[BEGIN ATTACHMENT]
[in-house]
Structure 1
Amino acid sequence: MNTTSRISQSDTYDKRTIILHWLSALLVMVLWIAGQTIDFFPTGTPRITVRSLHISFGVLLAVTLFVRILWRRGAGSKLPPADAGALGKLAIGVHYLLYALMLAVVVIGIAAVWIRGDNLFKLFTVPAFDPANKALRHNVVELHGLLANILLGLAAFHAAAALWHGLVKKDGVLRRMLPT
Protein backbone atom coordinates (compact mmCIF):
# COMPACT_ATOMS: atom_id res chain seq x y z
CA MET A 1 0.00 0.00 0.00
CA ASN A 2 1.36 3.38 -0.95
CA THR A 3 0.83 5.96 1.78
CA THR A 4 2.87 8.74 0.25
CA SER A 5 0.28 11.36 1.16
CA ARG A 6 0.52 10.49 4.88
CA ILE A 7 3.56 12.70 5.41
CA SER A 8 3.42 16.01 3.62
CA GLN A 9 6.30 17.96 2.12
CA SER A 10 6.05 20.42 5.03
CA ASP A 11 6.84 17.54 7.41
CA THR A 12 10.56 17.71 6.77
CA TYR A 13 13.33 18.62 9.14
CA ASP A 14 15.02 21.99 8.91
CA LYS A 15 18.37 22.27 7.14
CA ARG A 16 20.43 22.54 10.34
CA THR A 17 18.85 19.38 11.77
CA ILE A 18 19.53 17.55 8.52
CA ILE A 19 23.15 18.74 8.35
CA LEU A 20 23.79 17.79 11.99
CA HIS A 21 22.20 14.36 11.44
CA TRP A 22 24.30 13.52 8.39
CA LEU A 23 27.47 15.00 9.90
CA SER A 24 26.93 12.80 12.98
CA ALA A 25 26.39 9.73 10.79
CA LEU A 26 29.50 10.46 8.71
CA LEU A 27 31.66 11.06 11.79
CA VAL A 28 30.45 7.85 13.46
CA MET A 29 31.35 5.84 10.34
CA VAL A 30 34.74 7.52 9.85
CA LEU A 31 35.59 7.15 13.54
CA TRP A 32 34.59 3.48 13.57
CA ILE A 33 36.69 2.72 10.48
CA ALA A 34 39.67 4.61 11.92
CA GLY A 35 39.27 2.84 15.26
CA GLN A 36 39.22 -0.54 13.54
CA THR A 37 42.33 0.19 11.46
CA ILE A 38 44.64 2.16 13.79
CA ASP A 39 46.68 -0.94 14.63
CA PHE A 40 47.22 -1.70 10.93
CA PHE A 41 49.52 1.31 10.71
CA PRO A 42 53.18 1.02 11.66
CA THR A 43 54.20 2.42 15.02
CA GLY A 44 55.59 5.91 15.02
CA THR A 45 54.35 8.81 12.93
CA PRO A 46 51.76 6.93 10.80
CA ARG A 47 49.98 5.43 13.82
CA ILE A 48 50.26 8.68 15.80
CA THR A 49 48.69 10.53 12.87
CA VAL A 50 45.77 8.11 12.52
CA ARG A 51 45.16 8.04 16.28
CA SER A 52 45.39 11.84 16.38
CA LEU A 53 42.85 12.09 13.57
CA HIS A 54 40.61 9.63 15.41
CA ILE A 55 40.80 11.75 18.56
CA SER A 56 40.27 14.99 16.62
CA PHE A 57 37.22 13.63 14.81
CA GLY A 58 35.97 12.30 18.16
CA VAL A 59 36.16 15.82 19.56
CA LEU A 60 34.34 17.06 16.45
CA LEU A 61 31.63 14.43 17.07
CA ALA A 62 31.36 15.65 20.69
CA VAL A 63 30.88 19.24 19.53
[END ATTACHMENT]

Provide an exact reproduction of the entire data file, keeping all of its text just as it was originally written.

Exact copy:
[in-house]
Structure 1
Amino acid sequence: MNTTSRISQSDTYDKRTIILHWLSALLVMVLWIAGQTIDFFPTGTPRITVRSLHISFGVLLAVTLFVRILWRRGAGSKLPPADAGALGKLAIGVHYLLYALMLAVVVIGIAAVWIRGDNLFKLFTVPAFDPANKALRHNVVELHGLLANILLGLAAFHAAAALWHGLVKKDGVLRRMLPT
Protein backbone atom coordinates (compact mmCIF):
# COMPACT_ATOMS: atom_id res chain seq x y z
CA MET A 1 0.00 0.00 0.00
CA ASN A 2 1.36 3.38 -0.95
CA THR A 3 0.83 5.96 1.78
CA THR A 4 2.87 8.74 0.25
CA SER A 5 0.28 11.36 1.16
CA ARG A 6 0.52 10.49 4.88
CA ILE A 7 3.56 12.70 5.41
CA SER A 8 3.42 16.01 3.62
CA GLN A 9 6.30 17.96 2.12
CA SER A 10 6.05 20.42 5.03
CA ASP A 11 6.84 17.54 7.41
CA THR A 12 10.56 17.71 6.77
CA TYR A 13 13.33 18.62 9.14
CA ASP A 14 15.02 21.99 8.91
CA LYS A 15 18.37 22.27 7.14
CA ARG A 16 20.43 22.54 10.34
CA THR A 17 18.85 19.38 11.77
CA ILE A 18 19.53 17.55 8.52
CA ILE A 19 23.15 18.74 8.35
CA LEU A 20 23.79 17.79 11.99
CA HIS A 21 22.20 14.36 11.44
CA TRP A 22 24.30 13.52 8.39
CA LEU A 23 27.47 15.00 9.90
CA SER A 24 26.93 12.80 12.98
CA ALA A 25 26.39 9.73 10.79
CA LEU A 26 29.50 10.46 8.71
CA LEU A 27 31.66 11.06 11.79
CA VAL A 28 30.45 7.85 13.46
CA MET A 29 31.35 5.84 10.34
CA VAL A 30 34.74 7.52 9.85
CA LEU A 31 35.59 7.15 13.54
CA TRP A 32 34.59 3.48 13.57
CA ILE A 33 36.69 2.72 10.48
CA ALA A 34 39.67 4.61 11.92
CA GLY A 35 39.27 2.84 15.26
CA GLN A 36 39.22 -0.54 13.54
CA THR A 37 42.33 0.19 11.46
CA ILE A 38 44.64 2.16 13.79
CA ASP A 39 46.68 -0.94 14.63
CA PHE A 40 47.22 -1.70 10.93
CA PHE A 41 49.52 1.31 10.71
CA PRO A 42 53.18 1.02 11.66
CA THR A 43 54.20 2.42 15.02
CA GLY A 44 55.59 5.91 15.02
CA THR A 45 54.35 8.81 12.93
CA PRO A 46 51.76 6.93 10.80
CA ARG A 47 49.98 5.43 13.82
CA ILE A 48 50.26 8.68 15.80
CA THR A 49 48.69 10.53 12.87
CA VAL A 50 45.77 8.11 12.52
CA ARG A 51 45.16 8.04 16.28
CA SER A 52 45.39 11.84 16.38
CA LEU A 53 42.85 12.09 13.57
CA HIS A 54 40.61 9.63 15.41
CA ILE A 55 40.80 11.75 18.56
CA SER A 56 40.27 14.99 16.62
CA PHE A 57 37.22 13.63 14.81
CA GLY A 58 35.97 12.30 18.16
CA VAL A 59 36.16 15.82 19.56
CA LEU A 60 34.34 17.06 16.45
CA LEU A 61 31.63 14.43 17.07
CA ALA A 62 31.36 15.65 20.69
CA VAL A 63 30.88 19.24 19.53